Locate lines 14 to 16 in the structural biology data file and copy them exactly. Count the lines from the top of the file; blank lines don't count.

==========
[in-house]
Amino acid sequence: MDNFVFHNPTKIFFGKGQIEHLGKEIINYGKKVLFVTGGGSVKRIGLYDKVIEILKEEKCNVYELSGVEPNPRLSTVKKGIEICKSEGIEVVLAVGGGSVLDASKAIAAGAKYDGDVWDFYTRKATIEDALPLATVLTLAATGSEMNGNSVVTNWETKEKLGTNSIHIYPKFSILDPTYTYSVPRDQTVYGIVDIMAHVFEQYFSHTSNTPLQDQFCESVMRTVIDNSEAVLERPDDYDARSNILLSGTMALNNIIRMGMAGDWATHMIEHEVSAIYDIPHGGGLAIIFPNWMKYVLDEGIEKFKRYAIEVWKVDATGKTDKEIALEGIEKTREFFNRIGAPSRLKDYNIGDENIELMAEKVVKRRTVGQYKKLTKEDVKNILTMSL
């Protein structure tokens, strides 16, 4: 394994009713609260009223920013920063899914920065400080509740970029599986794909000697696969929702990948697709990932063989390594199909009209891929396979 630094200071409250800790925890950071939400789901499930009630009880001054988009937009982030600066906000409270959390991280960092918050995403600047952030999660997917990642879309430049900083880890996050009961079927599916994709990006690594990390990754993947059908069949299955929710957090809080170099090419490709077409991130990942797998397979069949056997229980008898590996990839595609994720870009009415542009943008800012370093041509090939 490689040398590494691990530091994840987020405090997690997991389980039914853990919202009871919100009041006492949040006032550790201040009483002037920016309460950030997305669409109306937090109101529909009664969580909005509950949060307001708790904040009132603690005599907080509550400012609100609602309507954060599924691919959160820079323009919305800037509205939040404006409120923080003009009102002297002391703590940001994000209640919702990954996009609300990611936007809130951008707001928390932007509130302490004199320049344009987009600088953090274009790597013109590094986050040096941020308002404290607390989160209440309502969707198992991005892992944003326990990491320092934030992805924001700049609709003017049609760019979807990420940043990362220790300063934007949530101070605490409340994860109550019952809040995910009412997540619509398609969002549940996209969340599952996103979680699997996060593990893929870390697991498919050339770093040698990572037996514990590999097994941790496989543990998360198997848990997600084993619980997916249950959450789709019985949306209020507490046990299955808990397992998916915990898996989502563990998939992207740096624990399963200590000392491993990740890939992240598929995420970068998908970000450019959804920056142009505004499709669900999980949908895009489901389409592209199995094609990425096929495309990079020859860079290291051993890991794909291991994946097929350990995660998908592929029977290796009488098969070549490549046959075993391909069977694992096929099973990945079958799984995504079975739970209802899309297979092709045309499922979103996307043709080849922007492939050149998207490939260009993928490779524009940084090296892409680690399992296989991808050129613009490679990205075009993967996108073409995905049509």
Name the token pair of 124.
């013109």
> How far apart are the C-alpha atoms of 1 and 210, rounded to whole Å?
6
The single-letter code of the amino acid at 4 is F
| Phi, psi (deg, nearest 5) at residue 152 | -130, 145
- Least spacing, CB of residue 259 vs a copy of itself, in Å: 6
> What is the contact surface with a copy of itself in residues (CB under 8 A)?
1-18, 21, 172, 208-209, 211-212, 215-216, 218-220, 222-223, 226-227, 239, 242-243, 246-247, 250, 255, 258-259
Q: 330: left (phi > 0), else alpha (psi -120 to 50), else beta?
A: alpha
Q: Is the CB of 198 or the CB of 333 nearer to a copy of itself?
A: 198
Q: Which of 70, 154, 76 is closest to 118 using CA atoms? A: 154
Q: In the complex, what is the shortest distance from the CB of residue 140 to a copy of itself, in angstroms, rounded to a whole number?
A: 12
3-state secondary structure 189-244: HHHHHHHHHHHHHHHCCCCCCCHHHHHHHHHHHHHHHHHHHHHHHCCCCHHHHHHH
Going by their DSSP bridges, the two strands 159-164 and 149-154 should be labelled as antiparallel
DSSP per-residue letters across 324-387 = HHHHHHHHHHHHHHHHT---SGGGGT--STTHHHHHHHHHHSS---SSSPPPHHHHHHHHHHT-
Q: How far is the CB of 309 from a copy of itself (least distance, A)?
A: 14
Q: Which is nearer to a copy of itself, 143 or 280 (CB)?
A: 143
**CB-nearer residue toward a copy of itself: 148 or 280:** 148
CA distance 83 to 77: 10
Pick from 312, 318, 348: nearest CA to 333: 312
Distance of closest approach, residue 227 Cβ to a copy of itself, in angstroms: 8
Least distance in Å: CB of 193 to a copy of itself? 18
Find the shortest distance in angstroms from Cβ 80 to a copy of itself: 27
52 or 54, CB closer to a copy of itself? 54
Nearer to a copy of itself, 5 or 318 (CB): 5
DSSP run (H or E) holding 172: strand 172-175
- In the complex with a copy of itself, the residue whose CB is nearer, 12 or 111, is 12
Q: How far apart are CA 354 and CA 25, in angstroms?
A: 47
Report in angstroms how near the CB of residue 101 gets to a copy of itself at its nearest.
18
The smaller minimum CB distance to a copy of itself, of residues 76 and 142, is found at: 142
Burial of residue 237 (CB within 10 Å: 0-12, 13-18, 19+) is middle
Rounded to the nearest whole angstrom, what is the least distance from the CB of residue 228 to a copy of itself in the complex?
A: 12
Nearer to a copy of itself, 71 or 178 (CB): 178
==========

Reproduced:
A: alpha
Q: Is the CB of 198 or the CB of 333 nearer to a copy of itself?
A: 198